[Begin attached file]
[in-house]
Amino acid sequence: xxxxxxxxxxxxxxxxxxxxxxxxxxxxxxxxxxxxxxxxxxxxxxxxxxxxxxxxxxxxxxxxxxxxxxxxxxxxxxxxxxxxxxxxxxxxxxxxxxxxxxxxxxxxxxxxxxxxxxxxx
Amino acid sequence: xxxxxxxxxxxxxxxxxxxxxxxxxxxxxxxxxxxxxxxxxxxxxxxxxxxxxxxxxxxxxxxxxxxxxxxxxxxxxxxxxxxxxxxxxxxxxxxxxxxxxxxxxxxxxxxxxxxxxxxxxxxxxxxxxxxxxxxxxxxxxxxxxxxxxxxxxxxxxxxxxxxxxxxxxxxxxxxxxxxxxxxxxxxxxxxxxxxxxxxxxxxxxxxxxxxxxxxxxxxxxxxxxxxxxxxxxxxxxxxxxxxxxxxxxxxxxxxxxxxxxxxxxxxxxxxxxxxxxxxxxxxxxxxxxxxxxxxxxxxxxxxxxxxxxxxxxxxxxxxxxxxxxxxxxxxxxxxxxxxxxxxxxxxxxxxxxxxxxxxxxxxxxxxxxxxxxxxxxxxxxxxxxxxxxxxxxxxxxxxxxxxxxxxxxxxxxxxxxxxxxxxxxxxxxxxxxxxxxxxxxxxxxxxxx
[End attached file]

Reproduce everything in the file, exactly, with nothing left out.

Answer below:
[in-house]
Amino acid sequence: xxxxxxxxxxxxxxxxxxxxxxxxxxxxxxxxxxxxxxxxxxxxxxxxxxxxxxxxxxxxxxxxxxxxxxxxxxxxxxxxxxxxxxxxxxxxxxxxxxxxxxxxxxxxxxxxxxxxxxxxx
Amino acid sequence: xxxxxxxxxxxxxxxxxxxxxxxxxxxxxxxxxxxxxxxxxxxxxxxxxxxxxxxxxxxxxxxxxxxxxxxxxxxxxxxxxxxxxxxxxxxxxxxxxxxxxxxxxxxxxxxxxxxxxxxxxxxxxxxxxxxxxxxxxxxxxxxxxxxxxxxxxxxxxxxxxxxxxxxxxxxxxxxxxxxxxxxxxxxxxxxxxxxxxxxxxxxxxxxxxxxxxxxxxxxxxxxxxxxxxxxxxxxxxxxxxxxxxxxxxxxxxxxxxxxxxxxxxxxxxxxxxxxxxxxxxxxxxxxxxxxxxxxxxxxxxxxxxxxxxxxxxxxxxxxxxxxxxxxxxxxxxxxxxxxxxxxxxxxxxxxxxxxxxxxxxxxxxxxxxxxxxxxxxxxxxxxxxxxxxxxxxxxxxxxxxxxxxxxxxxxxxxxxxxxxxxxxxxxxxxxxxxxxxxxxxxxxxxxxx